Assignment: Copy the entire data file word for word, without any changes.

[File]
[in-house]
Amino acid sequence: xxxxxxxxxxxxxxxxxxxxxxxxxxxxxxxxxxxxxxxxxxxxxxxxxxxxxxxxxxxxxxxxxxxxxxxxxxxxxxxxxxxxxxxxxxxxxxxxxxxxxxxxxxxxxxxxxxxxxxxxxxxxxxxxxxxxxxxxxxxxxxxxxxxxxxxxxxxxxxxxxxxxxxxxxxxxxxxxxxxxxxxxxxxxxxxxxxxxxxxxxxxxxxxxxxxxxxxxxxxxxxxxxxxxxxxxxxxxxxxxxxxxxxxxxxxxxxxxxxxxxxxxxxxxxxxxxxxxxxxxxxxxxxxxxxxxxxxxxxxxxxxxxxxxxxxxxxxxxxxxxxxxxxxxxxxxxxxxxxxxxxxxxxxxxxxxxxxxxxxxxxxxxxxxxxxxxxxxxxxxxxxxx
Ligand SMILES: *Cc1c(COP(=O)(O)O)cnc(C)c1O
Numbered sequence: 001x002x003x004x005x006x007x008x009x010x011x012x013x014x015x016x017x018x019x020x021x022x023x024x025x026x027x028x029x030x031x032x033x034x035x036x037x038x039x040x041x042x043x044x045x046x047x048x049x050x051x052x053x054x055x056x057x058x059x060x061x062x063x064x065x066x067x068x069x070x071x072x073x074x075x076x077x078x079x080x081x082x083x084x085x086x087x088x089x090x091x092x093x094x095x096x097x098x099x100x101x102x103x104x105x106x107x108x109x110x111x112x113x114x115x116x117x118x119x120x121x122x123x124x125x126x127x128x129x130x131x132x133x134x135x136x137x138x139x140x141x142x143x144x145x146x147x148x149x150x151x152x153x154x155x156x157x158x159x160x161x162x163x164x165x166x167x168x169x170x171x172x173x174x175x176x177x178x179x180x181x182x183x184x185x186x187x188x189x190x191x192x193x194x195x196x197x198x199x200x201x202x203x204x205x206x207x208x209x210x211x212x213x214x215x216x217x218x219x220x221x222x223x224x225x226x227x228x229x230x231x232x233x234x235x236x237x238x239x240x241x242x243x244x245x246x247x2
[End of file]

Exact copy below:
[in-house]
Amino acid sequence: xxxxxxxxxxxxxxxxxxxxxxxxxxxxxxxxxxxxxxxxxxxxxxxxxxxxxxxxxxxxxxxxxxxxxxxxxxxxxxxxxxxxxxxxxxxxxxxxxxxxxxxxxxxxxxxxxxxxxxxxxxxxxxxxxxxxxxxxxxxxxxxxxxxxxxxxxxxxxxxxxxxxxxxxxxxxxxxxxxxxxxxxxxxxxxxxxxxxxxxxxxxxxxxxxxxxxxxxxxxxxxxxxxxxxxxxxxxxxxxxxxxxxxxxxxxxxxxxxxxxxxxxxxxxxxxxxxxxxxxxxxxxxxxxxxxxxxxxxxxxxxxxxxxxxxxxxxxxxxxxxxxxxxxxxxxxxxxxxxxxxxxxxxxxxxxxxxxxxxxxxxxxxxxxxxxxxxxxxxxxxxxxx
Ligand SMILES: *Cc1c(COP(=O)(O)O)cnc(C)c1O
Numbered sequence: 001x002x003x004x005x006x007x008x009x010x011x012x013x014x015x016x017x018x019x020x021x022x023x024x025x026x027x028x029x030x031x032x033x034x035x036x037x038x039x040x041x042x043x044x045x046x047x048x049x050x051x052x053x054x055x056x057x058x059x060x061x062x063x064x065x066x067x068x069x070x071x072x073x074x075x076x077x078x079x080x081x082x083x084x085x086x087x088x089x090x091x092x093x094x095x096x097x098x099x100x101x102x103x104x105x106x107x108x109x110x111x112x113x114x115x116x117x118x119x120x121x122x123x124x125x126x127x128x129x130x131x132x133x134x135x136x137x138x139x140x141x142x143x144x145x146x147x148x149x150x151x152x153x154x155x156x157x158x159x160x161x162x163x164x165x166x167x168x169x170x171x172x173x174x175x176x177x178x179x180x181x182x183x184x185x186x187x188x189x190x191x192x193x194x195x196x197x198x199x200x201x202x203x204x205x206x207x208x209x210x211x212x213x214x215x216x217x218x219x220x221x222x223x224x225x226x227x228x229x230x231x232x233x234x235x236x237x238x239x240x241x242x243x244x245x246x247x2